Intercepting his passes is like stealing the Mona Lisa from the Louvre - If Pirlo was still at Milan, Juventus would not be champions

The former AC Milan man has come back to haunt his former side, with their decision to release him leading to the Bianconeri winning back the Scudetto
By Andrea Ghislandi

The other new acquisitions of Juventus’ summer of 2011 certainly played their part, and Arturo Vidal, Mirko Vucinic and Stephan Lichtsteiner will forever be remembered as key men in the triumph sealed in Trieste on Sunday night. But the real architect of the Bianconeri’s 28th official title - on the pitch at least - has been Andrea Pirlo.

“A silent leader”, his former national coach Marcello Lippi described him, and he has been very much that since pulling on the black and white shirt. On the field, he has spoken with his feet, off it he has done the talking inside the dressing room and with family and friends, well away from the indiscreet eyes of TV cameras and newspapers. He is the first to have a laugh and a joke, however surprising that may be when looking at that ever-serious expression he takes onto the field.

Along with Barcelona’s Xavi, Pirlo is football’s greatest regista of the last decade, and has been considered the right man to entrust with the job of retaining balance and injecting magnificence in the centre of the pitch ever since Carlo Ancelotti decided to switch him from trequartista in 2003.



  Reggina (loan)

  Brescia (loan)














HONOURS: 3 Scudetti, 2 Champions Leagues, 1 Club World Cup, 2 Uefa Supercups, 1 Coppa Italia, 1 Supercoppa Italiana, 1 Serie B

While ‘Carletto’ saw the difference he made to AC Milan, Massimiliano Allegri perhaps didn’t, but Antonio Conte went as far as to scrap his beloved 4-2-4 in order to give him carte blanche in the centre. You could say it worked.

The Brescia-born midfielder put aside the injuries and misunderstandings of his final year at San Siro, and became the centrepiece of Juventus’ rewriting of history. He has contributed plenty of assists and a handful of goals, but above all it has been his consistency of performances which has made him the Old Lady’s most important man.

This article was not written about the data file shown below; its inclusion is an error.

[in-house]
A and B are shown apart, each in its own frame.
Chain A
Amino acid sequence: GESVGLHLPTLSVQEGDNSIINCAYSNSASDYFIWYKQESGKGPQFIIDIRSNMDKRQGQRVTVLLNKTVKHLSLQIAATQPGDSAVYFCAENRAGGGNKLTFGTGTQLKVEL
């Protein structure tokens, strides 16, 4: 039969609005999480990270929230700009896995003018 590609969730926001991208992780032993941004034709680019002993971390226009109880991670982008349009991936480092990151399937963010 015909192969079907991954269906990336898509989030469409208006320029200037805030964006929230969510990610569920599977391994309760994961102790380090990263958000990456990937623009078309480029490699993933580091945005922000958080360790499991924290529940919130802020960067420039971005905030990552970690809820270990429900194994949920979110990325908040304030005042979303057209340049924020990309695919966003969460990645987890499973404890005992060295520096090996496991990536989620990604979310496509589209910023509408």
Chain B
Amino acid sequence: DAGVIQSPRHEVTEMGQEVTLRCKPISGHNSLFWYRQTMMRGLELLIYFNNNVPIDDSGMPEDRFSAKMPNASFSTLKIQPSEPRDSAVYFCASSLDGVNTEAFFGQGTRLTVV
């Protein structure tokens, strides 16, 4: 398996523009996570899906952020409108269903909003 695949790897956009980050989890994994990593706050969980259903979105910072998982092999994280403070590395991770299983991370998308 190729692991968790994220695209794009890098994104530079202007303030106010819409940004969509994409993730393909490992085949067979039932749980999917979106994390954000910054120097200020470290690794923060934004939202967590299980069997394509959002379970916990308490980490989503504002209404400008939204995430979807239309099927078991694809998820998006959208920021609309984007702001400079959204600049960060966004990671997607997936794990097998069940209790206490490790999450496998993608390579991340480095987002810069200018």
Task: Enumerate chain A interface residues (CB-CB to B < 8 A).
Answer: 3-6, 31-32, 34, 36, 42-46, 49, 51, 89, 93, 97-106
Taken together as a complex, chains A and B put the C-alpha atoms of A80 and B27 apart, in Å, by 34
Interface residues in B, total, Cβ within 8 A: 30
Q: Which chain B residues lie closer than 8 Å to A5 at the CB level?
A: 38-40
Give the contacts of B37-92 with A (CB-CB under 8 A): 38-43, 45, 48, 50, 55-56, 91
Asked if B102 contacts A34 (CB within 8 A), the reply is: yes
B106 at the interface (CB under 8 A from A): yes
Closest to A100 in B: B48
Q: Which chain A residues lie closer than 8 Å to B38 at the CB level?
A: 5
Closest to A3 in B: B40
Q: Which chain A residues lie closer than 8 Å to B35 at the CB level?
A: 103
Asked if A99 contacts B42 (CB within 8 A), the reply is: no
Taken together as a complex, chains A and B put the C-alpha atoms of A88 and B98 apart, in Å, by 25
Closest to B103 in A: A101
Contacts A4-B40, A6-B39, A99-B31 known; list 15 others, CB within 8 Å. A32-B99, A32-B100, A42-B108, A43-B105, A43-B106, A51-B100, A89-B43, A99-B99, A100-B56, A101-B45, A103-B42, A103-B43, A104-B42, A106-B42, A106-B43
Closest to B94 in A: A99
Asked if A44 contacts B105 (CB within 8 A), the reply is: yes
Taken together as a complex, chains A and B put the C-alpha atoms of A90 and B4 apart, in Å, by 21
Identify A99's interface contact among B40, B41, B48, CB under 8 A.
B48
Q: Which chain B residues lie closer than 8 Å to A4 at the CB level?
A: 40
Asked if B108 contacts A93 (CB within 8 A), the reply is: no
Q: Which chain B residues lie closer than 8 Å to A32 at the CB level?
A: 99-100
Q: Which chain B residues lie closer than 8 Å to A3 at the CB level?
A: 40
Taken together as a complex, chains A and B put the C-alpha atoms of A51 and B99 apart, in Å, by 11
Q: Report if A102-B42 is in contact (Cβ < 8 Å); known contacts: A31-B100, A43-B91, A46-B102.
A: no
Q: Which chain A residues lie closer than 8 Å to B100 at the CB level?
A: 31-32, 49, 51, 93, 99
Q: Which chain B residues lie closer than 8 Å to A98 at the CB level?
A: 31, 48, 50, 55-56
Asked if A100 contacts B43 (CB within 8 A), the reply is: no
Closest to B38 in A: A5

His possession game is so exemplary that to intercept his passes is as if to steal the Mona Lisa from the Louvre. Leonardo’s masterpiece was taken on one occasion in 1991, and Pirlo has been dispossessed almost as infrequently. Metronomic in the middle, his weight of passing, decision-making, and intelligence in movement have been second to none. The only drawback, and a forgivable one at that, has been his two spot-kick failures. Many Juve fans will say that came about from an unfamiliarity with the penalty spot after a long spell without an award going their way.

And while Gianluigi Buffon is the safest goalkeeper numbers wise in Serie A this season, much of that credit must go to the midfield trio of Vidal, Pirlo and Claudio Marchisio. The retention and recuperation of possession by the three men at the axis of the side has been of the highest level, ensuring that Juve spent as little time defending as was necessary.

The silent leader has been a silent champion all season, with never a word out of place, even after his troubled divorce from Milan following 10 trophy-laden years. It was a a difficult final campaign in 2010-11, and the millions of Rossoneri supporters who had so loved him knew in their hearts it was over.

Allegri preferred the steel of Mark van Bommel in midfield though, and allowed Pirlo to leave. Many see it as a huge error, and one which has now cost them the Scudetto.

With Pirlo in their colours, Ancelotti’s Milan played the best football in Europe, and when he exchanged red stripes for white ones Juventus became a lively, bubbling and profitable outfit. It can’t simply be coincidence.

One thing is irrefutable: If Pirlo was still at Milan, Juventus would not be champions of Italy right now.